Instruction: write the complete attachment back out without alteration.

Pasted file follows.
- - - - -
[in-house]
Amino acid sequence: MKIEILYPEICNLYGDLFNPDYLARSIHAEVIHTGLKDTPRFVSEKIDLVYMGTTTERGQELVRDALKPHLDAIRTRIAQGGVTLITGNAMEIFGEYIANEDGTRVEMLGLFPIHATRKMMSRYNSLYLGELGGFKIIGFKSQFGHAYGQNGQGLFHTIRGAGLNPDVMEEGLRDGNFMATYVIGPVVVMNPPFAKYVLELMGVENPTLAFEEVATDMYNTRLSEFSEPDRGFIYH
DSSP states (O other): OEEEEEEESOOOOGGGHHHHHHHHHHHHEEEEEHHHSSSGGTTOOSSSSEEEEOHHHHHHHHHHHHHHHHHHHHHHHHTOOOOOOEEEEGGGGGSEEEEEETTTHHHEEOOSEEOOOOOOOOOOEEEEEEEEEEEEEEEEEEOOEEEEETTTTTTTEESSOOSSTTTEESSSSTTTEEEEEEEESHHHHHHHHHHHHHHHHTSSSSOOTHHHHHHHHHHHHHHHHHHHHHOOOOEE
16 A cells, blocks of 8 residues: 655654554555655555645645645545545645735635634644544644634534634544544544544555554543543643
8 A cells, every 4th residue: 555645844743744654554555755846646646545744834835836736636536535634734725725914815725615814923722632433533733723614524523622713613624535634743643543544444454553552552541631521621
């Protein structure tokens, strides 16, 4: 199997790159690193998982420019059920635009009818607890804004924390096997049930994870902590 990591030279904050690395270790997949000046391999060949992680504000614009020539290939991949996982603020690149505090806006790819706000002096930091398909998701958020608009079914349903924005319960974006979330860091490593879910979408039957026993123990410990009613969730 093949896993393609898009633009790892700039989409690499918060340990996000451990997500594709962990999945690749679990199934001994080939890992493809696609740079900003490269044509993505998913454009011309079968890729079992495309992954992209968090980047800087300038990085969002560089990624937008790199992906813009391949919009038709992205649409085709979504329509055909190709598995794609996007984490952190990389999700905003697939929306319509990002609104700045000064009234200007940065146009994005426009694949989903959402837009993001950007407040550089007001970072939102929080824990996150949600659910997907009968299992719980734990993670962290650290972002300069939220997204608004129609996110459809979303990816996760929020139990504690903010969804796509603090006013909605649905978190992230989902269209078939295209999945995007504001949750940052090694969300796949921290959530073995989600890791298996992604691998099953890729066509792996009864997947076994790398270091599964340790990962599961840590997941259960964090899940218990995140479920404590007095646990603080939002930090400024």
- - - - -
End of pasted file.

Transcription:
[in-house]
Amino acid sequence: MKIEILYPEICNLYGDLFNPDYLARSIHAEVIHTGLKDTPRFVSEKIDLVYMGTTTERGQELVRDALKPHLDAIRTRIAQGGVTLITGNAMEIFGEYIANEDGTRVEMLGLFPIHATRKMMSRYNSLYLGELGGFKIIGFKSQFGHAYGQNGQGLFHTIRGAGLNPDVMEEGLRDGNFMATYVIGPVVVMNPPFAKYVLELMGVENPTLAFEEVATDMYNTRLSEFSEPDRGFIYH
DSSP states (O other): OEEEEEEESOOOOGGGHHHHHHHHHHHHEEEEEHHHSSSGGTTOOSSSSEEEEOHHHHHHHHHHHHHHHHHHHHHHHHTOOOOOOEEEEGGGGGSEEEEEETTTHHHEEOOSEEOOOOOOOOOOEEEEEEEEEEEEEEEEEEOOEEEEETTTTTTTEESSOOSSTTTEESSSSTTTEEEEEEEESHHHHHHHHHHHHHHHHTSSSSOOTHHHHHHHHHHHHHHHHHHHHHOOOOEE
16 A cells, blocks of 8 residues: 655654554555655555645645645545545645735635634644544644634534634544544544544555554543543643
8 A cells, every 4th residue: 555645844743744654554555755846646646545744834835836736636536535634734725725914815725615814923722632433533733723614524523622713613624535634743643543544444454553552552541631521621
């Protein structure tokens, strides 16, 4: 199997790159690193998982420019059920635009009818607890804004924390096997049930994870902590 990591030279904050690395270790997949000046391999060949992680504000614009020539290939991949996982603020690149505090806006790819706000002096930091398909998701958020608009079914349903924005319960974006979330860091490593879910979408039957026993123990410990009613969730 093949896993393609898009633009790892700039989409690499918060340990996000451990997500594709962990999945690749679990199934001994080939890992493809696609740079900003490269044509993505998913454009011309079968890729079992495309992954992209968090980047800087300038990085969002560089990624937008790199992906813009391949919009038709992205649409085709979504329509055909190709598995794609996007984490952190990389999700905003697939929306319509990002609104700045000064009234200007940065146009994005426009694949989903959402837009993001950007407040550089007001970072939102929080824990996150949600659910997907009968299992719980734990993670962290650290972002300069939220997204608004129609996110459809979303990816996760929020139990504690903010969804796509603090006013909605649905978190992230989902269209078939295209999945995007504001949750940052090694969300796949921290959530073995989600890791298996992604691998099953890729066509792996009864997947076994790398270091599964340790990962599961840590997941259960964090899940218990995140479920404590007095646990603080939002930090400024």